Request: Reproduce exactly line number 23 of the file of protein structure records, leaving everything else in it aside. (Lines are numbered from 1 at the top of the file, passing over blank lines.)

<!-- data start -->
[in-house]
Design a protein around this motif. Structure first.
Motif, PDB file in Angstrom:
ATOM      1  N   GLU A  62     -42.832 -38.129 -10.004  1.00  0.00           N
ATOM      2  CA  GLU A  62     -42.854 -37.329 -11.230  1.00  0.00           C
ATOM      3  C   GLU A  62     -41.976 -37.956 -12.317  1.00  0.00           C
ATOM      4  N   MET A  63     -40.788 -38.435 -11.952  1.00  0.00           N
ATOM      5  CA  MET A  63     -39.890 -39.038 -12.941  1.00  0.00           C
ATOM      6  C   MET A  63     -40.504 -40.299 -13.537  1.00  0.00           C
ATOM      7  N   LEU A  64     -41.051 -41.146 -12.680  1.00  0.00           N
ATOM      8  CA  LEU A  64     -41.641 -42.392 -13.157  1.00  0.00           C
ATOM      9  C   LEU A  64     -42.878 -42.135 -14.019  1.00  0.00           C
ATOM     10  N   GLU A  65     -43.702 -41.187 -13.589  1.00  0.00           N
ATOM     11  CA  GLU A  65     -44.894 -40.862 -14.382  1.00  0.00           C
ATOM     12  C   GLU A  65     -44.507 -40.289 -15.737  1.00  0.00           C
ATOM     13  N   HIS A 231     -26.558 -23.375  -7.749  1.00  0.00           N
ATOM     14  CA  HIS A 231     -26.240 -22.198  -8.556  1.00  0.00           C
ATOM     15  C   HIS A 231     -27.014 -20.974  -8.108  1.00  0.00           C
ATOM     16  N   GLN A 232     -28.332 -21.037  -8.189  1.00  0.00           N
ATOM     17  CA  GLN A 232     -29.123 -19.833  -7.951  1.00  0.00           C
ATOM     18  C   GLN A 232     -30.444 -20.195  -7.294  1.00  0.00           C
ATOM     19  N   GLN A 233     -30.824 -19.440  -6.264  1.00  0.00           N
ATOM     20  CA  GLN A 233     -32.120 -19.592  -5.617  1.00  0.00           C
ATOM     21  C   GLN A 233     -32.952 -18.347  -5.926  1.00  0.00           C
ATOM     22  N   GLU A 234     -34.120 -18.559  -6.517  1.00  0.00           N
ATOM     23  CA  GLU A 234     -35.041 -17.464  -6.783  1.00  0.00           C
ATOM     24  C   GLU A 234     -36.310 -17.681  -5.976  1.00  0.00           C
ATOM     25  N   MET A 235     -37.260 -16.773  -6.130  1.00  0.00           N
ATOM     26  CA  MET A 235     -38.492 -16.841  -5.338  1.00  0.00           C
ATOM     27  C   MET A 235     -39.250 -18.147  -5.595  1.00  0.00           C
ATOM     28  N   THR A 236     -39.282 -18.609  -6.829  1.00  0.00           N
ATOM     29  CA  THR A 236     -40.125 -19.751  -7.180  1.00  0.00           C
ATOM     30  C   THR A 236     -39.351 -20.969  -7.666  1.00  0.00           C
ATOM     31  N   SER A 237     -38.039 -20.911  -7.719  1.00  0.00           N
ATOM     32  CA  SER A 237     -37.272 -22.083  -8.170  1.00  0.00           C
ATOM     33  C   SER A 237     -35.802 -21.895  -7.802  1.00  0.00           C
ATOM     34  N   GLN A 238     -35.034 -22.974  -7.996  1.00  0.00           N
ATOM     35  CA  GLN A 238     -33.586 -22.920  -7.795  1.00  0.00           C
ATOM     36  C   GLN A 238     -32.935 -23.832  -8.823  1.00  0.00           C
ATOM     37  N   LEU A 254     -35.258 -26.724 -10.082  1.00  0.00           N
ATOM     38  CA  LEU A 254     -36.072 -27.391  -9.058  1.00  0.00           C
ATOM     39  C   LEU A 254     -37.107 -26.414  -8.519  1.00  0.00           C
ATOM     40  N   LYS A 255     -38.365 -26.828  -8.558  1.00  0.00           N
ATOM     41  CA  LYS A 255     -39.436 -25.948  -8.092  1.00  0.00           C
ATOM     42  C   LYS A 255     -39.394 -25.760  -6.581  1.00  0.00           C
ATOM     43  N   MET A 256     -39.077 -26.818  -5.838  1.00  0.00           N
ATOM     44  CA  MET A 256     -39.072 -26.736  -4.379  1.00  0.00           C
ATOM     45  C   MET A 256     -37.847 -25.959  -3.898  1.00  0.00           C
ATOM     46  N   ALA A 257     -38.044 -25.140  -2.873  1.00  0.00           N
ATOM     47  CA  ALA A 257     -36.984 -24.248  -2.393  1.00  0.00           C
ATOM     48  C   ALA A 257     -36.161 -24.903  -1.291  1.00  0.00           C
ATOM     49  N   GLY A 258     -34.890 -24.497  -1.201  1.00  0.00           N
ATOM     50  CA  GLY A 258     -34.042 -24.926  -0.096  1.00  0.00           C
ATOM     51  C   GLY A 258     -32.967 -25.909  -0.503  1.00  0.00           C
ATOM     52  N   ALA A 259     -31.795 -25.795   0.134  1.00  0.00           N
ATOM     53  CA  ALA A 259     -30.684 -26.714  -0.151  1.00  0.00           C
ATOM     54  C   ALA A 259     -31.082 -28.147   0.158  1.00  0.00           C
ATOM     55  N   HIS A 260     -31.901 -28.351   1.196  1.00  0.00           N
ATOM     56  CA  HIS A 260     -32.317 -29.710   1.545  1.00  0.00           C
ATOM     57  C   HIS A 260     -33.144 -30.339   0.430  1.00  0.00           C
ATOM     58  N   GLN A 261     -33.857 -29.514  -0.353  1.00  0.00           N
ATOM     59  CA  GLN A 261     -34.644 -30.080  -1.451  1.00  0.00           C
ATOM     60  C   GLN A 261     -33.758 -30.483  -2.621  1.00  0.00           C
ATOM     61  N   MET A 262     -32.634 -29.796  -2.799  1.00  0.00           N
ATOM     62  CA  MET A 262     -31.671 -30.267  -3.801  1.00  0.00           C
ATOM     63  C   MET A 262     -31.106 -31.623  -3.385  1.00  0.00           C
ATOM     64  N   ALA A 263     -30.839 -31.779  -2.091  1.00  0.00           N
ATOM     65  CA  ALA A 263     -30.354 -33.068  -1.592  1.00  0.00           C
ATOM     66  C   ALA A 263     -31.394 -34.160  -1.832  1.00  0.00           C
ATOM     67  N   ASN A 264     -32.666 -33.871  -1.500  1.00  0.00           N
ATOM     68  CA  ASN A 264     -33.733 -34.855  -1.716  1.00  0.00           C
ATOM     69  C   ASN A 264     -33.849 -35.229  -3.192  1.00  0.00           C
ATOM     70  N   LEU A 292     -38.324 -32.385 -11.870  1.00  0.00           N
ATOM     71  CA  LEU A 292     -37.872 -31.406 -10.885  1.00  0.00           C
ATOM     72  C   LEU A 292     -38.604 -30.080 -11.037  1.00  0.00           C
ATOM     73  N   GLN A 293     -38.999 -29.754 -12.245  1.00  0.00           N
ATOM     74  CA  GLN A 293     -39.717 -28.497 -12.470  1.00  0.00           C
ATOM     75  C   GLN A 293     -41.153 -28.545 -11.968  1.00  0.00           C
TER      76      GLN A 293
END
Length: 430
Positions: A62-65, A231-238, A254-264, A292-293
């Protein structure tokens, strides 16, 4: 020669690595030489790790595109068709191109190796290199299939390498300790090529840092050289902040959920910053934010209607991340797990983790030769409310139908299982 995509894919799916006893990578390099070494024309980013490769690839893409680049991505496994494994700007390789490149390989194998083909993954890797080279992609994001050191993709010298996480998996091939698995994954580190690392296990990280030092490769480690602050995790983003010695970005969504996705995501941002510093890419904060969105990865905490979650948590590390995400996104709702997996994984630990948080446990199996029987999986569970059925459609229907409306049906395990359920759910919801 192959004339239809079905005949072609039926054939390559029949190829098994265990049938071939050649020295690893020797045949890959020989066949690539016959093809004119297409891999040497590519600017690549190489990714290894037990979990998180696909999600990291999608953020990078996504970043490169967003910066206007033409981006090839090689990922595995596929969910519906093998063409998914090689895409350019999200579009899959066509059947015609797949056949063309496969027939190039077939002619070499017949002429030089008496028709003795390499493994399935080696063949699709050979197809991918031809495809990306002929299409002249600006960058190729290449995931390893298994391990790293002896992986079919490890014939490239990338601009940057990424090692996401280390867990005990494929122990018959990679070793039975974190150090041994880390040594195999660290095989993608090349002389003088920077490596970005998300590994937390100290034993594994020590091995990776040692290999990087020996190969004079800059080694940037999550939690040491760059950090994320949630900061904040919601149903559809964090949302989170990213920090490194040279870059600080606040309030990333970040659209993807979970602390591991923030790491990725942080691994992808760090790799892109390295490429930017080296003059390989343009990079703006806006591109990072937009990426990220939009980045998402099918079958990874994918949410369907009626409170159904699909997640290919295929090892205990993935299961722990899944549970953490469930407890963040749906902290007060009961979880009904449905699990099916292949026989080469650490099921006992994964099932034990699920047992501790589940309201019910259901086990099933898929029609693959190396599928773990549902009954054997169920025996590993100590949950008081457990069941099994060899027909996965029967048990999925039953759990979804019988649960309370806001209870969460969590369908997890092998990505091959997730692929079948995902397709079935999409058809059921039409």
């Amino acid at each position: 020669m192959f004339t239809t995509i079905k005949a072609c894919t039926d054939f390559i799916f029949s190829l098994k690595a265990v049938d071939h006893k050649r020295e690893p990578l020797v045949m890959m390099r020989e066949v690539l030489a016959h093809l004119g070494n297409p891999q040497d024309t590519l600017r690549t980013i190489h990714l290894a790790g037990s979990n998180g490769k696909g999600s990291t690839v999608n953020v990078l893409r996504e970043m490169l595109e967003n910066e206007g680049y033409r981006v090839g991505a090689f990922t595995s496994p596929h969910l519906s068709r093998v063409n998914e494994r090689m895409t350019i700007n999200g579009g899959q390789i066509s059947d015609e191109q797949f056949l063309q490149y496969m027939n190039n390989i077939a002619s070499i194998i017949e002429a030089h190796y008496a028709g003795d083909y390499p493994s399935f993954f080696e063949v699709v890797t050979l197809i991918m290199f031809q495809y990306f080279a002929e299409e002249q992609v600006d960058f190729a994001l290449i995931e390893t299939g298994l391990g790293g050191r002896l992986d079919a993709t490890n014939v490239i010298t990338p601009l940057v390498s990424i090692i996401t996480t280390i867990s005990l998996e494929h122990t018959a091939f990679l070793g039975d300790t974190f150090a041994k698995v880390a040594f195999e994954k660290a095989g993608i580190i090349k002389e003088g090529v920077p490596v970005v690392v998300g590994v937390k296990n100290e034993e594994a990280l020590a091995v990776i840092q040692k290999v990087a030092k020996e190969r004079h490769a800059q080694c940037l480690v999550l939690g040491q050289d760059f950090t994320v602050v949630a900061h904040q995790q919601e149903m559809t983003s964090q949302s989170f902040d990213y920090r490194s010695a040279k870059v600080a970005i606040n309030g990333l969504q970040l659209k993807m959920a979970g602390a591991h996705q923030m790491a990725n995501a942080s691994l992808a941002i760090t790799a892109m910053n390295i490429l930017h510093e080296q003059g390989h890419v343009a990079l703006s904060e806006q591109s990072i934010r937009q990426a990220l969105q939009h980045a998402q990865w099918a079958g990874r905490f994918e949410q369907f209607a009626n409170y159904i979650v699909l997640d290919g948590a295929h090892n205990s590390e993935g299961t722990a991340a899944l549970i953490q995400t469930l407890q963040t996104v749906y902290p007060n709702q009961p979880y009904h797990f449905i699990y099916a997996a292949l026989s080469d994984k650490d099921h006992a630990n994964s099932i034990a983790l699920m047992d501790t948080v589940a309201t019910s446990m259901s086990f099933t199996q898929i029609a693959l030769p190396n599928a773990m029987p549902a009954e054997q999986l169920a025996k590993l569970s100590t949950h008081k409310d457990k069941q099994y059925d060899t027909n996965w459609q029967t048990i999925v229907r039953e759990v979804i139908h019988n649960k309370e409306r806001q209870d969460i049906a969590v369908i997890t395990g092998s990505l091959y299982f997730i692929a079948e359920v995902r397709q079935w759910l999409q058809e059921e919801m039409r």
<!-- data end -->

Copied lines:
ATOM     20  CA  GLN A 233     -32.120 -19.592  -5.617  1.00  0.00           C